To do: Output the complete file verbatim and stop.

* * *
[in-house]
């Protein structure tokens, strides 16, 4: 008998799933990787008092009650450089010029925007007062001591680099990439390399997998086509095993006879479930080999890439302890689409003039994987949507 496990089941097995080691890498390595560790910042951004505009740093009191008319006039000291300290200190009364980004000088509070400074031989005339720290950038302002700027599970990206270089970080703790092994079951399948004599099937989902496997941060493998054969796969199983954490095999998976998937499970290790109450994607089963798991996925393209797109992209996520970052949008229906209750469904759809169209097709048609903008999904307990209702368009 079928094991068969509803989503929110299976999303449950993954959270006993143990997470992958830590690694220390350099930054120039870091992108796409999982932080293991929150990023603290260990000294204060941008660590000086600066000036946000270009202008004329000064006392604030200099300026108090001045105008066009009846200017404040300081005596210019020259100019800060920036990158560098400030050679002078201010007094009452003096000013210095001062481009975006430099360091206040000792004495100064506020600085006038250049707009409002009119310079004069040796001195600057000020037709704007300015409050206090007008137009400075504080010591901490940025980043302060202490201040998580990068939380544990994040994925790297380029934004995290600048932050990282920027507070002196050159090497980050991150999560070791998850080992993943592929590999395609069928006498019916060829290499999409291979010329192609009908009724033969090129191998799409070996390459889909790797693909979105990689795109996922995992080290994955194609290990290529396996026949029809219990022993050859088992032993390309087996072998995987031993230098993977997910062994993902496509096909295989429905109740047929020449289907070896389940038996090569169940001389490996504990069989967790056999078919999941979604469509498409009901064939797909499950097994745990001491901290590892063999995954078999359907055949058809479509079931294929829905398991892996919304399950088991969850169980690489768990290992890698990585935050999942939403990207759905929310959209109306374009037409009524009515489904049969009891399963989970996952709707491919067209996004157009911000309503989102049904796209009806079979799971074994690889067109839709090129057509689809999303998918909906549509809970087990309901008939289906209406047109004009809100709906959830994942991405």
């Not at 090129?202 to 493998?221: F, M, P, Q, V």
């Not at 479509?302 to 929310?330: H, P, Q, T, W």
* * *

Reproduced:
[in-house]
């Protein structure tokens, strides 16, 4: 008998799933990787008092009650450089010029925007007062001591680099990439390399997998086509095993006879479930080999890439302890689409003039994987949507 496990089941097995080691890498390595560790910042951004505009740093009191008319006039000291300290200190009364980004000088509070400074031989005339720290950038302002700027599970990206270089970080703790092994079951399948004599099937989902496997941060493998054969796969199983954490095999998976998937499970290790109450994607089963798991996925393209797109992209996520970052949008229906209750469904759809169209097709048609903008999904307990209702368009 079928094991068969509803989503929110299976999303449950993954959270006993143990997470992958830590690694220390350099930054120039870091992108796409999982932080293991929150990023603290260990000294204060941008660590000086600066000036946000270009202008004329000064006392604030200099300026108090001045105008066009009846200017404040300081005596210019020259100019800060920036990158560098400030050679002078201010007094009452003096000013210095001062481009975006430099360091206040000792004495100064506020600085006038250049707009409002009119310079004069040796001195600057000020037709704007300015409050206090007008137009400075504080010591901490940025980043302060202490201040998580990068939380544990994040994925790297380029934004995290600048932050990282920027507070002196050159090497980050991150999560070791998850080992993943592929590999395609069928006498019916060829290499999409291979010329192609009908009724033969090129191998799409070996390459889909790797693909979105990689795109996922995992080290994955194609290990290529396996026949029809219990022993050859088992032993390309087996072998995987031993230098993977997910062994993902496509096909295989429905109740047929020449289907070896389940038996090569169940001389490996504990069989967790056999078919999941979604469509498409009901064939797909499950097994745990001491901290590892063999995954078999359907055949058809479509079931294929829905398991892996919304399950088991969850169980690489768990290992890698990585935050999942939403990207759905929310959209109306374009037409009524009515489904049969009891399963989970996952709707491919067209996004157009911000309503989102049904796209009806079979799971074994690889067109839709090129057509689809999303998918909906549509809970087990309901008939289906209406047109004009809100709906959830994942991405």
């Not at 090129?202 to 493998?221: F, M, P, Q, V």
């Not at 479509?302 to 929310?330: H, P, Q, T, W």